The Turkey PrinceApril 26, 2013 - 5:00 am
“When they go out into the outer court where the people are, they are to take off the clothes they have been ministering in and are to leave them in the sacred rooms, and put on other clothes, so that the people are not consecrated through contact with their garments.”—Ezekiel 44:19
The Torah portion for this week is Emor, from Leviticus 21:1—24:23 and the Haftorah from Ezekiel 44:15–31.
The Turkey Prince is a Jewish tale told by Rabbi Nachman of Breslov in the eighteenth century. The story is about a prince who goes insane believing that he is a turkey. He takes off his clothing, sits under the table, and eats crumbs off the floor. The king and queen are horrified. Many try to heal their son, but none are successful until one day when a wise man comes to town and says that he can heal the prince.
This man takes off his own clothing and sits together with the prince on the floor, claiming to be a turkey, too. Gradually, the prince accepts the man as a friend and trusts him. The wise man then suggests to the prince that turkeys can also wear clothing and eat at a table. Step by step, the wise man is able to get the prince to act normally until the prince is completely cured.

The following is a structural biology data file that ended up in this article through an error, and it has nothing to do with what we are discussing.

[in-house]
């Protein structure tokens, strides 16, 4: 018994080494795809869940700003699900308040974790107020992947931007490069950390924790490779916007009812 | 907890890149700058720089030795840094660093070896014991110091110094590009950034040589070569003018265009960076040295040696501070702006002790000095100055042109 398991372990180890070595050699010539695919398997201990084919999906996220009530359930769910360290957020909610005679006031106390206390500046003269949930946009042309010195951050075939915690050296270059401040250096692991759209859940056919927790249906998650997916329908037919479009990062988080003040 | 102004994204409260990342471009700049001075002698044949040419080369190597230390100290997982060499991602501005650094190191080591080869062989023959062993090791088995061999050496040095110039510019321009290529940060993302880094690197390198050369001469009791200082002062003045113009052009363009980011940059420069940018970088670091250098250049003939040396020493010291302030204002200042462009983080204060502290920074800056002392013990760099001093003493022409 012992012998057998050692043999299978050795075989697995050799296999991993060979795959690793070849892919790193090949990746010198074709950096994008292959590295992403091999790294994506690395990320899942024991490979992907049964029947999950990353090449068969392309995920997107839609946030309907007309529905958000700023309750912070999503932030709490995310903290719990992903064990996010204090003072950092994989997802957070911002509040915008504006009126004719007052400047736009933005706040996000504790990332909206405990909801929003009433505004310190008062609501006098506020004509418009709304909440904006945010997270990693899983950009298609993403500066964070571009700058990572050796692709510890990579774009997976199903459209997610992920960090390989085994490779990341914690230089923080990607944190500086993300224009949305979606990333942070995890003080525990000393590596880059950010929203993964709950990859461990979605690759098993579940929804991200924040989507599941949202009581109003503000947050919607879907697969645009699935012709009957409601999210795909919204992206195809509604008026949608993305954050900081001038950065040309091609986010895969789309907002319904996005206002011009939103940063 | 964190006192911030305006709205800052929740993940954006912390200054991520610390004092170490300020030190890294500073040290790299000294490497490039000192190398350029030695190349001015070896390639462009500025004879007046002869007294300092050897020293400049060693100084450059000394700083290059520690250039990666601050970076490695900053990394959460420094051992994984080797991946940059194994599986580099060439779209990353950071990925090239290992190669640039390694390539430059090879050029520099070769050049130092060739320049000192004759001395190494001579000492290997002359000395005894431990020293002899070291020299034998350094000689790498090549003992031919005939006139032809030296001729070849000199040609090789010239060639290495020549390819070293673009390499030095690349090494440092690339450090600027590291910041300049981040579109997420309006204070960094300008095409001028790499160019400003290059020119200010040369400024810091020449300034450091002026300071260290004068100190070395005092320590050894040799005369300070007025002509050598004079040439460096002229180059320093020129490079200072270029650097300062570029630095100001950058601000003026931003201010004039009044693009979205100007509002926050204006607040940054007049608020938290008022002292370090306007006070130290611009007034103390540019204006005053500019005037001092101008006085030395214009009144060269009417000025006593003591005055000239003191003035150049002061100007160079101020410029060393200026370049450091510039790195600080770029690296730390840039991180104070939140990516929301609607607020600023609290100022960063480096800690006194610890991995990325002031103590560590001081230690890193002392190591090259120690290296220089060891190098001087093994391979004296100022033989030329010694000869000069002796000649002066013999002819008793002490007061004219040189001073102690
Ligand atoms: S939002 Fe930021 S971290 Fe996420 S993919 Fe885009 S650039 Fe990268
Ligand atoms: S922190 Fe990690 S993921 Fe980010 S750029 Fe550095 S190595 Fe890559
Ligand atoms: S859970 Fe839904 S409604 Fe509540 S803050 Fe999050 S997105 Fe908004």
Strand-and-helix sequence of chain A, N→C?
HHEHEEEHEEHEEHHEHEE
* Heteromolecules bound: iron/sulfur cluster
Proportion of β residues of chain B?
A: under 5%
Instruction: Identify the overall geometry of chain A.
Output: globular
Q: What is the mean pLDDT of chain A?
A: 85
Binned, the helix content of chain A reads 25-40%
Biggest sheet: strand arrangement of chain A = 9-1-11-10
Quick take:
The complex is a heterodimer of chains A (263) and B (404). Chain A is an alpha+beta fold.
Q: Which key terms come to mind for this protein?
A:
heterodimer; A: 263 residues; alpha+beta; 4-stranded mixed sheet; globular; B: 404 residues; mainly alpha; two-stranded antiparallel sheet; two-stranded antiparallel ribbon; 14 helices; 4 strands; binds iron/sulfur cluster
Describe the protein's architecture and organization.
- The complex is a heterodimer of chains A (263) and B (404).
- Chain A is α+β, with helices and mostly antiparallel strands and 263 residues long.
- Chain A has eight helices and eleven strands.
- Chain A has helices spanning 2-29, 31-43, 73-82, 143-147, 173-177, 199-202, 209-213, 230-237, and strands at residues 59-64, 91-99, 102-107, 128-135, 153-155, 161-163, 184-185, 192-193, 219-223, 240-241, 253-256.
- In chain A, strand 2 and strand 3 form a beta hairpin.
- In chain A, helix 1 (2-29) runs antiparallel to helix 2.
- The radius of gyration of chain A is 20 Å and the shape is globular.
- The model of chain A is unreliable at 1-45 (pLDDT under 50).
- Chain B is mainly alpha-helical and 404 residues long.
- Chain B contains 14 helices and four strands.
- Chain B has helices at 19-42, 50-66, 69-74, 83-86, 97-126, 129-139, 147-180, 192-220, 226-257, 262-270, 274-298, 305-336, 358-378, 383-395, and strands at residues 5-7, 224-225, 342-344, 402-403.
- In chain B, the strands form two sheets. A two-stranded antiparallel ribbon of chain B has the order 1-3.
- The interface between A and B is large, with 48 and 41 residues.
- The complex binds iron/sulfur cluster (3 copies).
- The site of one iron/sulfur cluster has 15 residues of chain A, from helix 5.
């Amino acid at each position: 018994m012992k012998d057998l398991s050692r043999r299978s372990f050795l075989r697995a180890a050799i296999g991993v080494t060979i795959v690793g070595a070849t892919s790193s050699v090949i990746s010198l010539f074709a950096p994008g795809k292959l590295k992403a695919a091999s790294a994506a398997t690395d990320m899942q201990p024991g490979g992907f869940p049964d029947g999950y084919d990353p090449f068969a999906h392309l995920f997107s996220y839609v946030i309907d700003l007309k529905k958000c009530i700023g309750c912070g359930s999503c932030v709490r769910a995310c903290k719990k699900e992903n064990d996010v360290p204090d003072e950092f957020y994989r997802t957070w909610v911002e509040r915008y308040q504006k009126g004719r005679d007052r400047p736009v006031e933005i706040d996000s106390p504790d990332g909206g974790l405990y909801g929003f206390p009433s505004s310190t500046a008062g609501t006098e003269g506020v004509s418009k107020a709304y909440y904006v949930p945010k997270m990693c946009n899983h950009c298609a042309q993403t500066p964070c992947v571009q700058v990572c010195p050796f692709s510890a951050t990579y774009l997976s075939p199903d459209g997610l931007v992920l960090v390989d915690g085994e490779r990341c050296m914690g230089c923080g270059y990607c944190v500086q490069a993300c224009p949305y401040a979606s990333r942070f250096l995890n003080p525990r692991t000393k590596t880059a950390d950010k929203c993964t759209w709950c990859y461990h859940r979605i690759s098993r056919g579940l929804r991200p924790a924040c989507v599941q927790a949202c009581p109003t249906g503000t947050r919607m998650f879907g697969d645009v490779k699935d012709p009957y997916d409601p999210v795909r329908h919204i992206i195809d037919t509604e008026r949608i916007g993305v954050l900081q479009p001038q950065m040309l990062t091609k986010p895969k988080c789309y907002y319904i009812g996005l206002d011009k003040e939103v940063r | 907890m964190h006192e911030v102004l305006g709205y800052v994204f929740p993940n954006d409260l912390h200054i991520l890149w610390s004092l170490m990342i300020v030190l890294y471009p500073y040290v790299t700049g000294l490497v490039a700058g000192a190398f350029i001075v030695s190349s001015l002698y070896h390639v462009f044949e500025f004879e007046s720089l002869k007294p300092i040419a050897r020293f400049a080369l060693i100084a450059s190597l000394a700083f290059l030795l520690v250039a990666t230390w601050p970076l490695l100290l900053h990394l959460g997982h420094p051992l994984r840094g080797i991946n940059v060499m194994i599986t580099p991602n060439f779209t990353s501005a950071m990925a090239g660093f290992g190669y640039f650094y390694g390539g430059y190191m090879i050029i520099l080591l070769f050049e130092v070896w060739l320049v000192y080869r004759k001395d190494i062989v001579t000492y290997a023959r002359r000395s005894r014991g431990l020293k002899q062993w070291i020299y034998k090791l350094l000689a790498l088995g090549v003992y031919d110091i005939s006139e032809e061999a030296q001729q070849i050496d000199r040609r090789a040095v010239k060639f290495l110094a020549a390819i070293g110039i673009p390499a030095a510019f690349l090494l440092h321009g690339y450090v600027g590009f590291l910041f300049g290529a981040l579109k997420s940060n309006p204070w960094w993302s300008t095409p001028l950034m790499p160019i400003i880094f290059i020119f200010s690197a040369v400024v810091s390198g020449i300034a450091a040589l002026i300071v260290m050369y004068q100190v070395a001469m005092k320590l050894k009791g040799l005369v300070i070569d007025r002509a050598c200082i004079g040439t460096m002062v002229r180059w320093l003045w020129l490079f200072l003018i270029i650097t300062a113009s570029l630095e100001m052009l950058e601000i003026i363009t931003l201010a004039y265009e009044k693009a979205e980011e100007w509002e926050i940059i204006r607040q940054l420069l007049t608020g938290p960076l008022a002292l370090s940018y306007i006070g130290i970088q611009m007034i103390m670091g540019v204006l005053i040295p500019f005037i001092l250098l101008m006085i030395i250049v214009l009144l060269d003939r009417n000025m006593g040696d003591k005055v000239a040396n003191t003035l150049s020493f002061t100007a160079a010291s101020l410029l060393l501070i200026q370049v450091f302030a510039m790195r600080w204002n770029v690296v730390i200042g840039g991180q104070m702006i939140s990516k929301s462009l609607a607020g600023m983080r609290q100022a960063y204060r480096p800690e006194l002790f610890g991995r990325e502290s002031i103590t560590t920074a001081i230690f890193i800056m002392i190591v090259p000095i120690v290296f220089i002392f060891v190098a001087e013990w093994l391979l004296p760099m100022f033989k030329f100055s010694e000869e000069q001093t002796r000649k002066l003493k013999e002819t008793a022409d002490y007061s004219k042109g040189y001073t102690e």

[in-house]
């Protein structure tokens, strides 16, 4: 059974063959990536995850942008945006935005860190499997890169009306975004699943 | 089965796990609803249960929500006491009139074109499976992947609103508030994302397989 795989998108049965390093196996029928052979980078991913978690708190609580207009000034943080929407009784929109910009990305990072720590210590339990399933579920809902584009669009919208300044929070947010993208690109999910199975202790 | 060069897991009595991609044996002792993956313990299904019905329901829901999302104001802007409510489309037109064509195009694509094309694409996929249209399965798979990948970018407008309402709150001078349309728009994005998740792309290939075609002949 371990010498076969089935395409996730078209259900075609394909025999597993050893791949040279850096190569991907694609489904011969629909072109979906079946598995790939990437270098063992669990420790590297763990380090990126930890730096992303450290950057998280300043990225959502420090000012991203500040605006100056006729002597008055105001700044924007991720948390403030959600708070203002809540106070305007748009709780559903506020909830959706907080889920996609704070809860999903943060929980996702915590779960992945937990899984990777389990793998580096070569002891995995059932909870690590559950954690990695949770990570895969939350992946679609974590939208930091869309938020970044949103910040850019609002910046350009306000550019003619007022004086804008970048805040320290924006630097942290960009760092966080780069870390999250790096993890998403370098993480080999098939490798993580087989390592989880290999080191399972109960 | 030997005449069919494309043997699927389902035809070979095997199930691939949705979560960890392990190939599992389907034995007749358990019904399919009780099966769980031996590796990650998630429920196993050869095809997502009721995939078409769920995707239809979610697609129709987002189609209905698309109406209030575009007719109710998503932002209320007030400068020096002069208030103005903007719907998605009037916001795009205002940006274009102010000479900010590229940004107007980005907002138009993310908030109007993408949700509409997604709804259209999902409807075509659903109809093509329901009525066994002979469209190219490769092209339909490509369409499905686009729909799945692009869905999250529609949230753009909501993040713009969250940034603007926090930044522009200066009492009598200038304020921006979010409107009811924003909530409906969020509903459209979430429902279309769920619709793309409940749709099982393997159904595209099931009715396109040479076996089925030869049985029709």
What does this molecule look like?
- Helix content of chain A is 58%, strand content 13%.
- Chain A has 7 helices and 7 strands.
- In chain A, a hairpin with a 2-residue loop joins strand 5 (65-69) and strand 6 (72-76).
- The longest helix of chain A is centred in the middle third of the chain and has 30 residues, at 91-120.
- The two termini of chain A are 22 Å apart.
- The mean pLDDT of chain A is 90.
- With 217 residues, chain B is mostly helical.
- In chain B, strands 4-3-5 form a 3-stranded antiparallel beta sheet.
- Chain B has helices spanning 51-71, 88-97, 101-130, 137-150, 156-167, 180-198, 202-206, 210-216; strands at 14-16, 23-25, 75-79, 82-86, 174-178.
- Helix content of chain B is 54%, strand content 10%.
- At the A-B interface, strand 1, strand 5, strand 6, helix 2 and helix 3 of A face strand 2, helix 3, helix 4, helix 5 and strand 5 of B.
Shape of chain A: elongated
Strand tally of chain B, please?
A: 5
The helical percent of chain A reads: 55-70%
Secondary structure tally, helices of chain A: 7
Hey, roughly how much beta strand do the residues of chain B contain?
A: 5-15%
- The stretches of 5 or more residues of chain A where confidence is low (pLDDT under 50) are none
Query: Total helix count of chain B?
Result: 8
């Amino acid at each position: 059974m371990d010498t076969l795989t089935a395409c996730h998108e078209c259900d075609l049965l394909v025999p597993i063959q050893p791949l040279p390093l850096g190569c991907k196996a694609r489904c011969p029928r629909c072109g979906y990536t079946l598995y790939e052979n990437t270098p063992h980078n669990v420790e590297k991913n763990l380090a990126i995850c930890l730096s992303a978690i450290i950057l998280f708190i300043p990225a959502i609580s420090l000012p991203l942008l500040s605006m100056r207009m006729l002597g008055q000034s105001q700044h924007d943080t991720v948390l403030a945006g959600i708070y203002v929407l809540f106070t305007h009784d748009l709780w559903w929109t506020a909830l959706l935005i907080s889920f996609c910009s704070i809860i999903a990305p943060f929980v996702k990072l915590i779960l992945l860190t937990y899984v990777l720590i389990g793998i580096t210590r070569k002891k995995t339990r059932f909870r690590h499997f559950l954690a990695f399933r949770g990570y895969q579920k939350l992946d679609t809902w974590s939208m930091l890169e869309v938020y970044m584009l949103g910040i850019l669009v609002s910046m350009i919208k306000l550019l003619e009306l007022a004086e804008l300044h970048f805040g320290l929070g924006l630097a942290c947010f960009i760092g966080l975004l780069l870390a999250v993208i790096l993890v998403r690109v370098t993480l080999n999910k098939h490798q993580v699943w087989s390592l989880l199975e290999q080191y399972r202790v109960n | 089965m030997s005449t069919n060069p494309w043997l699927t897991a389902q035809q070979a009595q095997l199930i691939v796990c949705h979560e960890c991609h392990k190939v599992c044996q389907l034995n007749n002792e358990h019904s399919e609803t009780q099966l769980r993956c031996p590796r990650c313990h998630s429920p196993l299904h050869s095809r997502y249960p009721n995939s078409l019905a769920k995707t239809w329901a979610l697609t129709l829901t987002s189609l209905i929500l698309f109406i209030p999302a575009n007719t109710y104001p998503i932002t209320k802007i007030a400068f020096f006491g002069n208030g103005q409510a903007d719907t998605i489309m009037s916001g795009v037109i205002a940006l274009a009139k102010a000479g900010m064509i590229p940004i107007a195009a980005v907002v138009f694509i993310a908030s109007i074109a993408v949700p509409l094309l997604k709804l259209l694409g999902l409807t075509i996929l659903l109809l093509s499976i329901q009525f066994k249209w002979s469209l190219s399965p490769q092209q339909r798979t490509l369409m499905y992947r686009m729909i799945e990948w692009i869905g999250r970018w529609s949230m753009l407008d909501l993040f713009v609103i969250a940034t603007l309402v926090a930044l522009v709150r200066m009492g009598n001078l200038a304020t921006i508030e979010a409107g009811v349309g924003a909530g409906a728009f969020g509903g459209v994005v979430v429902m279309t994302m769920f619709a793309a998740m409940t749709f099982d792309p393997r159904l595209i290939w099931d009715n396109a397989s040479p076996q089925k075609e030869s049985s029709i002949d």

One explanation of Rabbi Nachman’s story teaches that the prince represents those who have rejected God’s Word and behave more like animals than like human beings created in the image of God. The wise man teaches us how to restore these souls to their holy essence. Not by scolding them or rejecting them, but by meeting them where they are and embracing them with love. Once a connection is made, steps can be taken toward healthy change.
In this week’s Haftorah reading, we read about the service of the priests in the Holy Temple, just as we did in the Torah reading. In the description of their service, we come across this instruction: “When they go out into the outer court where the people are, they are to take off the clothes they have been ministering in and are to leave them in the sacred rooms, and put on other clothes . . .” The Sages ask why the priests are commanded both to leave their sacred garments behind and also to “put on other clothing.” Surely it would have been enough to tell the priests to leave the sacred clothing behind. Wouldn’t it be obvious that they needed to put on other clothing before they went out in public?
The Sages explain that the Scripture is emphasizing the need to put on these “other clothing.” What kind of clothing? The clothing of regular people. Like Rabbi Nachman’s story, this verse is teaching us that when we want to inspire other people, we need to approach them on a level on which they can relate. We need to reach out to others with love, friendship, and camaraderie; only then can we hope to inspire them to put on holy garments and take on behaviours of godly people.